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PLoS By Category | Recent PLoS Articles
Biotechnology - Immunology - Oncology - Radiology and Medical Imaging

Macrophages Homing to Metastatic Lymph Nodes Can Be Monitored with Ultrasensitive Ferromagnetic Iron-Oxide Nanocubes and a 1.5T Clinical MR Scanner
Published: Tuesday, January 10, 2012
Author: Hye Rim Cho et al.

by Hye Rim Cho, Seung Hong Choi, Nohyun Lee, Taeghwan Hyeon, Hyeonjin Kim, Woo Kyung Moon


Due to the ability of macrophages to specifically home to tumors, their potential use as a delivery vehicle for cancer therapeutics has been suggested. Tracking the delivery and engraftment of macrophages into human tumors with a 1.5T clinical MR scanner requires the development of sensitive contrast agents for cell labeling. Therefore, this study aimed to determine whether intravenously injected macrophages could target a primary tumor as well as metastatic LNs, and whether these cells could be detected in vivo by MRI.


Peritoneal macrophages were obtained from BALB/c nude mice. The viability, phagocytotic capacity and migratory activity of the macrophages were assessed. MR imaging was performed using a clinical 1.5 T MR scanner and we estimated the T2* of the labeled macrophages. Metastatic lymph nodes were produced in BALB/c nude mice. We administrated 2×106 macrophages labeled with 50 µg Fe/mL FIONs intravenously into the mice. In the 3D T2* GRE MR images obtained one day after the injection of the labeled macrophages or FION solution, the percentages of pixels in the tumors or LNs below the minimum normalized SI (signal intensity) threshold were summated and reported as the black pixel count (%) for the FION hypointensity. Tumors in the main tumor model as well as the brachial, axillary and inguinal lymph nodes in the metastatic LN models were removed and stained. For all statistical analyses, single-group data were assessed using t test or the Mann-Whitney test. Repeated measurements analysis of variance (ANOVA) with Tukey–Kramer post hoc comparisons were performed for multiple comparisons.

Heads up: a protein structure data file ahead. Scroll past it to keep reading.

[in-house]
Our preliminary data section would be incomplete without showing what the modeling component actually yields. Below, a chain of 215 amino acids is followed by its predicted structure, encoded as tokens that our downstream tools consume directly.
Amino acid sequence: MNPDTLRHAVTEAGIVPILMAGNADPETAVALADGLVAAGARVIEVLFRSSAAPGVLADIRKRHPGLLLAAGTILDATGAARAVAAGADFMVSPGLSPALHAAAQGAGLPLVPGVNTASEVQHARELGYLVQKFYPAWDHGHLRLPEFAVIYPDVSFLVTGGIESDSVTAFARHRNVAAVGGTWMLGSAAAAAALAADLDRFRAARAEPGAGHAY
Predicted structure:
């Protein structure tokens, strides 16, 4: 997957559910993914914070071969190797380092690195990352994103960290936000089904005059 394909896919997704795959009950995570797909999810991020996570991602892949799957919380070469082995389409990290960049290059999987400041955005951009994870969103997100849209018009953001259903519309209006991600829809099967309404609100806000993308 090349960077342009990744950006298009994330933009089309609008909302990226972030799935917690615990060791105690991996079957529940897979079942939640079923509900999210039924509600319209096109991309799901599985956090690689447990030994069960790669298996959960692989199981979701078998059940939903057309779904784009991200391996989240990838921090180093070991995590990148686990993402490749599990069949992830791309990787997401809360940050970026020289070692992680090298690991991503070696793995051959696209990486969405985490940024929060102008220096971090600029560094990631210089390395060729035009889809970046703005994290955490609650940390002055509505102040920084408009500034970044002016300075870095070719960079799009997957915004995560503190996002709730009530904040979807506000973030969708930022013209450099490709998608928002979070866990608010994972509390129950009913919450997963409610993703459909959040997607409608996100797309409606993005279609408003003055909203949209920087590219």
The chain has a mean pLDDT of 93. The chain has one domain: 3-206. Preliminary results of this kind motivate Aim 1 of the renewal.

The FION-labeled macrophages, which could be non-invasively monitored using a 1.5 T clinical MR scanner, targeted both the main tumors and LN metastases. Overall, the results of this study suggest that the use of macrophages may have many future applications in the clinic for vectorizing therapeutic agents toward main tumors as well as LN metastases.